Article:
Wednesday, June 27, 2007

Could it be Durant?

With the NBA draft just a day away,'s John Hollinger has unveiled a mathematical formula that he claims is a useful predictor of success for collegians entering the league. I'm usually all over stuff like this because I prefer my evidence to be statistical, not anecdotal, objective, not subjective. I'm very much on the Moneyball side of the argument, believing that there are objective measures that are more trustworthy than our eyes. Still, I haven't quite wrapped my mind around Hollinger's formula. His greatest claim for the efficacy of his method is based on the 2002 draft, and there's no denying that the results were impressive. Carlos Boozer, who has been the most productive pro chosen that year, was selected with the 26th pick, but he was the clear number one in Hollinger's system. And Udonis Haslem, another solid pro who has been a starter since late in his rookie campaign, ranked eighth under the formula despite the fact that he went undrafted.

Still, I'm not sure that there's enough evidence yet to claim that the thing works. Hollinger has run numbers for only the past five drafts, and it's a little early to make judgments about players selected the past two years. But for 2003, the numbers have Mike Sweetney projected ahead of the likes of Dwyane Wade, Chris Bosh, Kirk Hinrich and Josh Howard. Pity the GM who would have made that move. And Tyrus Thomas, who absolutely mopped the floor with the competition last year (his score was 756.8; number two was 583.1), hardly tore it up in his rookie season (four starts on the year, 5.2 points and 3.7 rebounds per game).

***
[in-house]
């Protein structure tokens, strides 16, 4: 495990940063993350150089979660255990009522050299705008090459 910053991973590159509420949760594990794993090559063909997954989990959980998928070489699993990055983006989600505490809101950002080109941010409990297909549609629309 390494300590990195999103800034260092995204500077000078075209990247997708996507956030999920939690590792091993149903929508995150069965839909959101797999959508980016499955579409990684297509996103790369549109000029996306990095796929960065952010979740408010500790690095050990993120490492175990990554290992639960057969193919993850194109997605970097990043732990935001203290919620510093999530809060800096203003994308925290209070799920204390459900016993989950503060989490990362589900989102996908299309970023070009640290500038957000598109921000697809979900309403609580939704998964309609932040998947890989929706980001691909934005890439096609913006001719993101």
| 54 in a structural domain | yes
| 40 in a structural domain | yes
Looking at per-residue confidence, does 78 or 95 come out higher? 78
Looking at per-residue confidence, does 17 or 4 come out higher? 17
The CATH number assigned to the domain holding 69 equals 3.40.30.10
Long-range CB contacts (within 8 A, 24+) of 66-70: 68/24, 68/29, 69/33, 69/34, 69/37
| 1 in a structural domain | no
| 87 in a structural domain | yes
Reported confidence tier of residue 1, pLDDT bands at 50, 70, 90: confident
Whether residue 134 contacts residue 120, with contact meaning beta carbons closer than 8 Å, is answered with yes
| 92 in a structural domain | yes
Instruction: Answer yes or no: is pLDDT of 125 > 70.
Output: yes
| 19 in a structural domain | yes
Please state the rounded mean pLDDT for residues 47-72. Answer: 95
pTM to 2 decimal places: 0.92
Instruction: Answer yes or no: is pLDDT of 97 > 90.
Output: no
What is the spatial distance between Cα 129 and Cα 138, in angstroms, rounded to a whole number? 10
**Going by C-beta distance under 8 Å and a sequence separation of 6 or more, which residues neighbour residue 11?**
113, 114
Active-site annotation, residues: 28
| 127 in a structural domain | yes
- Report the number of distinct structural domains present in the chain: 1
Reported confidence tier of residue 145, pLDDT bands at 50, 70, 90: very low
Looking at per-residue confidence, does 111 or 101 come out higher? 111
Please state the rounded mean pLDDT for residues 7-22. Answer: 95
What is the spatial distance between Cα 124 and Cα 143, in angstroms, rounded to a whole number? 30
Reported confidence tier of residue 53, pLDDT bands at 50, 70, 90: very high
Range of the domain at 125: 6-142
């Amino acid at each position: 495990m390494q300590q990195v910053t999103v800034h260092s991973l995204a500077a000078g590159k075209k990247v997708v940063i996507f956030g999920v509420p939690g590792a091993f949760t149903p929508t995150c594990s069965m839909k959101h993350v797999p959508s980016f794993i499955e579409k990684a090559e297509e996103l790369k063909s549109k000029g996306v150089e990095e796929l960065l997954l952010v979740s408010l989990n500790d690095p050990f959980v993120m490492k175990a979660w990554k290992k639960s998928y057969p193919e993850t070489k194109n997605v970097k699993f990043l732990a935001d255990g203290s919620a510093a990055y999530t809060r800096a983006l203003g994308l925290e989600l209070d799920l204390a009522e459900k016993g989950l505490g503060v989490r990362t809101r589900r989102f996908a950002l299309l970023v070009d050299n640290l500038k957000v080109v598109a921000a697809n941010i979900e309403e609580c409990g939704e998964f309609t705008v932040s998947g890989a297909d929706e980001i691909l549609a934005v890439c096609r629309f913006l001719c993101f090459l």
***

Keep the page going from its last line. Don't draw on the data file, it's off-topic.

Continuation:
That said, the formula is an intriguing idea, and one thing jumps out of this year's projections: Kevin Durant crushes the competition. Durant's score (870.7) dwarfs the previous high in the five-year span (Carmelo's 781.3 in 2003), and totally eclipses second place finisher Greg Oden (667.9), the draft's presumptive top pick. In fact, the difference between Durant and Oden is as great as the difference between Oden and D.J. Strawberry, who ranks number 21.

Apparently, Durant had a sensational individual workout for the Trailblazers, who own the top pick, while Oden's effort was comparatively lackluster. And Portland GM Kevin Pritchard is a believer in SABRmetric-style analysis. He's using an algorithim designed by an MIT alum to assist him in the process.

Will the numbers be enough to overcome to temptation to draft a dominant center? Kevin Pritchard has the toughest job in the NBA today. Seattle GM Sam Presti, who'll be picking second, has the easiest.